|Publication number||US4388268 A|
|Application number||US 06/207,359|
|Publication date||Jun 14, 1983|
|Filing date||Nov 17, 1980|
|Priority date||Nov 17, 1979|
|Also published as||DE7932527U1|
|Publication number||06207359, 207359, US 4388268 A, US 4388268A, US-A-4388268, US4388268 A, US4388268A|
|Inventors||Hans-Gunther Knackstedt, Erhard Muller, Richard Christ, Hartmut Kroll|
|Original Assignee||Transnuklear Gmbh|
|Export Citation||BiBTeX, EndNote, RefMan|
|Patent Citations (4), Referenced by (17), Classifications (14), Legal Events (2)|
|External Links: USPTO, USPTO Assignment, Espacenet|
The invention is directed to a conveying and/or storage container for radioactive materials which produce γ and neutron radiation emissions and noteworthy residual heat, essentially consisting of a container body having shielding function for γ-radiation, a neutron shielding and cooling fins whereby the neutron shielding is arranged between the bar shaped fins.
Containers which are employed for conveying and/or storing spent fuel elements must safely confine the radioactivity of the inserted material and demonstrate in strength tests that this is also guaranteed in extreme accident situations. However, simultaneously they must also shield off the gamma and neutron rays which are set free in the radioactive decay reactions and carry off the heat of decay to the outside.
Known shielding containers generally consist of a metallic base container with the required mechanical strength and the required wall thickness for shielding the gamma rays are customarily made of steel or a combination of lead and steel and an outer shell of neutron shielding material, generally small polyethylene spheres cast in synthetic resin.
Normally there are welded or soldered heat conducting bars or fins which penetrate the resin layer to the metallic base body. They are necessary for enlargement of the metallic surface in containers which are designed for a high thermal efficiency and for dissipating the heat through the generally poor heat conducting neutron shielding layer.
It is a disadvantage of these constructions that even slight collisions of the containers, which can occur even in routine operation, can lead to damage of the heat conducting fins and the resin layer and accordingly require an expensive repair of the entire container. Further disadvantageous situations appear in the purification and decontamination.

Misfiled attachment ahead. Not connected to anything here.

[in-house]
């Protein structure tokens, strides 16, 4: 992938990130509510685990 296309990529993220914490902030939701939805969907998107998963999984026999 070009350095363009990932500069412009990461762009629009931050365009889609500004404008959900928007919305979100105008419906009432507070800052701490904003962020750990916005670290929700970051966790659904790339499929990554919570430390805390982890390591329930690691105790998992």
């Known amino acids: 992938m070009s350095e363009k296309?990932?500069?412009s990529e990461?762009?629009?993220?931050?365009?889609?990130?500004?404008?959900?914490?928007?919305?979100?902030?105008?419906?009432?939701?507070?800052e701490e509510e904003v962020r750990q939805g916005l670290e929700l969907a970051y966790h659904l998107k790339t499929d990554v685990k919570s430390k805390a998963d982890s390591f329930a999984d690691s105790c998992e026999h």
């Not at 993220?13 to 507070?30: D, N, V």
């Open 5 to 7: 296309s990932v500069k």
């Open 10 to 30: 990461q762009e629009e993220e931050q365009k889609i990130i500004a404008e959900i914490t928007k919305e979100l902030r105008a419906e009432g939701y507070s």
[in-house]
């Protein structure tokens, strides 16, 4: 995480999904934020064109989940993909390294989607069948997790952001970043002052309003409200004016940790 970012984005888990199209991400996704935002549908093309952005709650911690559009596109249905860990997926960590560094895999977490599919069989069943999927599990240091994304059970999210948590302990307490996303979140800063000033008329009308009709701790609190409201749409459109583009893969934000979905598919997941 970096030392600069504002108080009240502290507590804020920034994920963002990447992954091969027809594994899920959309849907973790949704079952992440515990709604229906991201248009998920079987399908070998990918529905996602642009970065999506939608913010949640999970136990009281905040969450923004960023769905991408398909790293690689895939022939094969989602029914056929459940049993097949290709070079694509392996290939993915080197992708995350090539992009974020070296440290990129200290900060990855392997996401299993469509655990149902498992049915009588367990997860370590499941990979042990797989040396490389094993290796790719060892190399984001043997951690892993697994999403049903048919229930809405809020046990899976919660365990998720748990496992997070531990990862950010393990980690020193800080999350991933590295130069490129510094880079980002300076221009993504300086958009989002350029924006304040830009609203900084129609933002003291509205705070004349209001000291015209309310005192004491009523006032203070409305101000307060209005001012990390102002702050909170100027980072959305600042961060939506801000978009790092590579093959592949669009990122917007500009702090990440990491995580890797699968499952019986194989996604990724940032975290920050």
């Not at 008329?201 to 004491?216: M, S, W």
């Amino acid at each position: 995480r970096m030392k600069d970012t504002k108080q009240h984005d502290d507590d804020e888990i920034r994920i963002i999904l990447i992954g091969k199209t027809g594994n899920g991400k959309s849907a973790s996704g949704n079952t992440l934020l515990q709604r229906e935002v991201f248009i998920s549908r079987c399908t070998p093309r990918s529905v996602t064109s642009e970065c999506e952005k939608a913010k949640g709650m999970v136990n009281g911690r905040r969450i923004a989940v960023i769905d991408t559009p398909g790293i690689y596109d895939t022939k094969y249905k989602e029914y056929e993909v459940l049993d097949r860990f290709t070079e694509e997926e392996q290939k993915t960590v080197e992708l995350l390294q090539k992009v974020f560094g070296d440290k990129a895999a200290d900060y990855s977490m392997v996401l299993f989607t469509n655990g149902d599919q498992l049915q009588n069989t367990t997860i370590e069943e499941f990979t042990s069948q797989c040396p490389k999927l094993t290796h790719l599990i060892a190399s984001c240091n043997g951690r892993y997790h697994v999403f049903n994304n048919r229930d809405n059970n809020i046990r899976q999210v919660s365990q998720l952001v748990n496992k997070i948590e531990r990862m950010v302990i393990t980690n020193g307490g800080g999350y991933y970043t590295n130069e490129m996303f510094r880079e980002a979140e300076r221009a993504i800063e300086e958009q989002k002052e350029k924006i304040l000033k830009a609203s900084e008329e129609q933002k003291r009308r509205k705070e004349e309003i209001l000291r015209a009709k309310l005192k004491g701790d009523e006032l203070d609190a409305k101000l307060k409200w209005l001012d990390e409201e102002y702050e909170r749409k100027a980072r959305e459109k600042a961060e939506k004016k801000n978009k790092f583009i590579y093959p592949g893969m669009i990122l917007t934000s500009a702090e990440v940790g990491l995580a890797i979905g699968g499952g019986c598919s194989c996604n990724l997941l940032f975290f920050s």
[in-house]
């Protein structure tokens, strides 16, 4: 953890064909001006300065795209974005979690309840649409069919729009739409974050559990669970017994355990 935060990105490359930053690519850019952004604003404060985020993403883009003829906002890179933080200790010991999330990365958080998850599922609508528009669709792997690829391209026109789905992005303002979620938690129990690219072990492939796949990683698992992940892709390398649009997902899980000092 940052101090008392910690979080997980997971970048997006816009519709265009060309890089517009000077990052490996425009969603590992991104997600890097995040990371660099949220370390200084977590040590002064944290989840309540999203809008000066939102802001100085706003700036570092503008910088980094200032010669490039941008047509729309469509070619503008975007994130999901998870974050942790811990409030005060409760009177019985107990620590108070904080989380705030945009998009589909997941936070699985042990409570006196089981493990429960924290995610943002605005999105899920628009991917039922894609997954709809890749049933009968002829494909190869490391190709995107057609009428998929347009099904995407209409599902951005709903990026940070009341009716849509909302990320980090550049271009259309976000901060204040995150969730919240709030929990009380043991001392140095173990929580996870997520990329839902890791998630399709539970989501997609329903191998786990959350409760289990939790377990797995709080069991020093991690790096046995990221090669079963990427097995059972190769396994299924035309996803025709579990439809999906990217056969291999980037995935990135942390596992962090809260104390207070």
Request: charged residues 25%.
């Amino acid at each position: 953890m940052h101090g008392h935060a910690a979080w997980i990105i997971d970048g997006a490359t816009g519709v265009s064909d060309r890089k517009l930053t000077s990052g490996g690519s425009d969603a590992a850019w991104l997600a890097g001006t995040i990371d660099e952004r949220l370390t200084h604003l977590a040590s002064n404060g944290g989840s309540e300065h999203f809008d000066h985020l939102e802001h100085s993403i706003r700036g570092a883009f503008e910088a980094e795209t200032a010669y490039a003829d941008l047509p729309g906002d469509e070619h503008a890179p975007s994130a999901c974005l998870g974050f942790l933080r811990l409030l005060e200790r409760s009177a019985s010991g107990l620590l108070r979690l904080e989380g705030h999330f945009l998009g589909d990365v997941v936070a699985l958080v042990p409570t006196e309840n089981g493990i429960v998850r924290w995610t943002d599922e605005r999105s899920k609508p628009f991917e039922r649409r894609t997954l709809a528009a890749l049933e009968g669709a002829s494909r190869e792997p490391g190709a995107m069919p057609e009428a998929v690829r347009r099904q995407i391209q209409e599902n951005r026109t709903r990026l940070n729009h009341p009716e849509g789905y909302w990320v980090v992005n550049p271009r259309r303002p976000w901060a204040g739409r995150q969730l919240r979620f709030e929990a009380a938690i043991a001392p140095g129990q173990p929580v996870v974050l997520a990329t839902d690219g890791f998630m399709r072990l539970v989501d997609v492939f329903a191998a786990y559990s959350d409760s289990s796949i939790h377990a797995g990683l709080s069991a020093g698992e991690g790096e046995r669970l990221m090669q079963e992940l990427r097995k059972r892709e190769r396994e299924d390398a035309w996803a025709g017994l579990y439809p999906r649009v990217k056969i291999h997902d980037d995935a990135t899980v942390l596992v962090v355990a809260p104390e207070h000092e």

A further disadvantage of this known shielding container is that the thickness of the neutron shielding must be designed for the maximum planned conveyance, thus it is not variable.
This is also true for containers in which neutron absorbing material is accommodated in bores in the metallic base body.
In German OS No. 2065863 there is reported about neutron shielding molded pieces, inter alia wooden boards or corresponding hydrogen containing materials, in a given case injected with boron, whereby these molded pieces are located between the cooling fins and are clamped to the base body. Substantial disadvantages, however, are the combustibility, the variable water content in using wood, the unfavorable thermal conductivity and the limited neutron absorption properties. The decontamination is difficult. The gaps between the molded bodies and the cooling fins are typically inadmissible traps of contamination.
Therefore, it was the problem of the present invention to produce a container for radioactive materials, consisting essentially of a container body having a shielding function for γ-radiation, a neutron shielding and cooling fins wherein the neutron shielding is arranged between the bar shaped cooling fins, in which the neutron shielding is protected and is variably adjustable, furthermore is favorable to the dissipation of heat and requires little maintenance while avoiding the described disadvantages.
This problem was solved according to the invention by providing the neutron shielding arranged between the cooling fins with a covering.
FIG. 1 is a schematic illustration of the container body of the invention;